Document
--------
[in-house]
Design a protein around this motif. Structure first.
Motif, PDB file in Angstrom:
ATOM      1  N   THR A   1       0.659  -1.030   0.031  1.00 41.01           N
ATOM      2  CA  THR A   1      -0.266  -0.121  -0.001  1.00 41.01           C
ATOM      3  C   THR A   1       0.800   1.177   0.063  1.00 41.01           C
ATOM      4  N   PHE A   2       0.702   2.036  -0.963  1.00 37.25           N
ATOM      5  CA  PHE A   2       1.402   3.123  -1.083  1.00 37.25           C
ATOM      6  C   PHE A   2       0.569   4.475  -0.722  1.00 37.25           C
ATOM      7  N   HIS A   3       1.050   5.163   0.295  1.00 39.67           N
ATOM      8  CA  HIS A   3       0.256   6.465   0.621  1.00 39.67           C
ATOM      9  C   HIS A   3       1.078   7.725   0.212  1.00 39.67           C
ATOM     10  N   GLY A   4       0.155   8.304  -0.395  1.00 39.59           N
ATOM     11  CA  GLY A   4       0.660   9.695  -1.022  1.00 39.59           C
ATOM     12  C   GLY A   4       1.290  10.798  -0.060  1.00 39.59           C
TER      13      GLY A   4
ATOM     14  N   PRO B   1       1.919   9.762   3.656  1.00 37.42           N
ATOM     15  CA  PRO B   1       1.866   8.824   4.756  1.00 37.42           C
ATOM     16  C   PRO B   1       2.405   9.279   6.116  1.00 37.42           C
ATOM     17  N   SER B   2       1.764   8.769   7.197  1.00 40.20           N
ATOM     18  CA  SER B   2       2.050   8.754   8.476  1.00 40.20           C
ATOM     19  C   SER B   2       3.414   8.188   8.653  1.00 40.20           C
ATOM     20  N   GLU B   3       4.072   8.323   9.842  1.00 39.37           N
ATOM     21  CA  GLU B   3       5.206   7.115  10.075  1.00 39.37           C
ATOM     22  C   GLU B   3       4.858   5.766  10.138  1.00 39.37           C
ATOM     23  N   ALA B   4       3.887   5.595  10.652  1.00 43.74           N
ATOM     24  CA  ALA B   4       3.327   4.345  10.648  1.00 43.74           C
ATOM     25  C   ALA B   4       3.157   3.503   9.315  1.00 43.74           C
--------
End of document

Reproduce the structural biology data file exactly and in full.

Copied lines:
[in-house]
Design a protein around this motif. Structure first.
Motif, PDB file in Angstrom:
ATOM      1  N   THR A   1       0.659  -1.030   0.031  1.00 41.01           N
ATOM      2  CA  THR A   1      -0.266  -0.121  -0.001  1.00 41.01           C
ATOM      3  C   THR A   1       0.800   1.177   0.063  1.00 41.01           C
ATOM      4  N   PHE A   2       0.702   2.036  -0.963  1.00 37.25           N
ATOM      5  CA  PHE A   2       1.402   3.123  -1.083  1.00 37.25           C
ATOM      6  C   PHE A   2       0.569   4.475  -0.722  1.00 37.25           C
ATOM      7  N   HIS A   3       1.050   5.163   0.295  1.00 39.67           N
ATOM      8  CA  HIS A   3       0.256   6.465   0.621  1.00 39.67           C
ATOM      9  C   HIS A   3       1.078   7.725   0.212  1.00 39.67           C
ATOM     10  N   GLY A   4       0.155   8.304  -0.395  1.00 39.59           N
ATOM     11  CA  GLY A   4       0.660   9.695  -1.022  1.00 39.59           C
ATOM     12  C   GLY A   4       1.290  10.798  -0.060  1.00 39.59           C
TER      13      GLY A   4
ATOM     14  N   PRO B   1       1.919   9.762   3.656  1.00 37.42           N
ATOM     15  CA  PRO B   1       1.866   8.824   4.756  1.00 37.42           C
ATOM     16  C   PRO B   1       2.405   9.279   6.116  1.00 37.42           C
ATOM     17  N   SER B   2       1.764   8.769   7.197  1.00 40.20           N
ATOM     18  CA  SER B   2       2.050   8.754   8.476  1.00 40.20           C
ATOM     19  C   SER B   2       3.414   8.188   8.653  1.00 40.20           C
ATOM     20  N   GLU B   3       4.072   8.323   9.842  1.00 39.37           N
ATOM     21  CA  GLU B   3       5.206   7.115  10.075  1.00 39.37           C
ATOM     22  C   GLU B   3       4.858   5.766  10.138  1.00 39.37           C
ATOM     23  N   ALA B   4       3.887   5.595  10.652  1.00 43.74           N
ATOM     24  CA  ALA B   4       3.327   4.345  10.648  1.00 43.74           C
ATOM     25  C   ALA B   4       3.157   3.503   9.315  1.00 43.74           C